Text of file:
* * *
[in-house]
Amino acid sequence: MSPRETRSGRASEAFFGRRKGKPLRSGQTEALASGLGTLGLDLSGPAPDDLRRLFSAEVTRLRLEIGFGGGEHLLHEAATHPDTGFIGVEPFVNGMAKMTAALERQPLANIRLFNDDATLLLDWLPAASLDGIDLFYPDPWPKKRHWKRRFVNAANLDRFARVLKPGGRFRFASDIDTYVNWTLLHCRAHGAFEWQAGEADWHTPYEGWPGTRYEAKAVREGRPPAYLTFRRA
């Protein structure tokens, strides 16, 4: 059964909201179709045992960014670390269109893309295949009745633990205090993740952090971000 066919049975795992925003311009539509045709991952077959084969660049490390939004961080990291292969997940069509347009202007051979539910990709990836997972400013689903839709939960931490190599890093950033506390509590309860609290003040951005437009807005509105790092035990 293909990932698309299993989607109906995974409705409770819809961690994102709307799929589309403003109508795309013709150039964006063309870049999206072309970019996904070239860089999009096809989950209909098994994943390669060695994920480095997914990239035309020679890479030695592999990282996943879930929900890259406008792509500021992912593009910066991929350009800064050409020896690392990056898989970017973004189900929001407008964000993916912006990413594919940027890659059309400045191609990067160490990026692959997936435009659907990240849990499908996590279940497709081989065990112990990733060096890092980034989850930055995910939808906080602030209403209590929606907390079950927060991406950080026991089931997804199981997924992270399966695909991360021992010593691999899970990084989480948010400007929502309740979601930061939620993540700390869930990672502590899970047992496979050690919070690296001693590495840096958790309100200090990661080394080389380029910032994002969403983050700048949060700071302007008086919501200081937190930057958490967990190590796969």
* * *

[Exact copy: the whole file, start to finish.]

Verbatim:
[in-house]
Amino acid sequence: MSPRETRSGRASEAFFGRRKGKPLRSGQTEALASGLGTLGLDLSGPAPDDLRRLFSAEVTRLRLEIGFGGGEHLLHEAATHPDTGFIGVEPFVNGMAKMTAALERQPLANIRLFNDDATLLLDWLPAASLDGIDLFYPDPWPKKRHWKRRFVNAANLDRFARVLKPGGRFRFASDIDTYVNWTLLHCRAHGAFEWQAGEADWHTPYEGWPGTRYEAKAVREGRPPAYLTFRRA
């Protein structure tokens, strides 16, 4: 059964909201179709045992960014670390269109893309295949009745633990205090993740952090971000 066919049975795992925003311009539509045709991952077959084969660049490390939004961080990291292969997940069509347009202007051979539910990709990836997972400013689903839709939960931490190599890093950033506390509590309860609290003040951005437009807005509105790092035990 293909990932698309299993989607109906995974409705409770819809961690994102709307799929589309403003109508795309013709150039964006063309870049999206072309970019996904070239860089999009096809989950209909098994994943390669060695994920480095997914990239035309020679890479030695592999990282996943879930929900890259406008792509500021992912593009910066991929350009800064050409020896690392990056898989970017973004189900929001407008964000993916912006990413594919940027890659059309400045191609990067160490990026692959997936435009659907990240849990499908996590279940497709081989065990112990990733060096890092980034989850930055995910939808906080602030209403209590929606907390079950927060991406950080026991089931997804199981997924992270399966695909991360021992010593691999899970990084989480948010400007929502309740979601930061939620993540700390869930990672502590899970047992496979050690919070690296001693590495840096958790309100200090990661080394080389380029910032994002969403983050700048949060700071302007008086919501200081937190930057958490967990190590796969």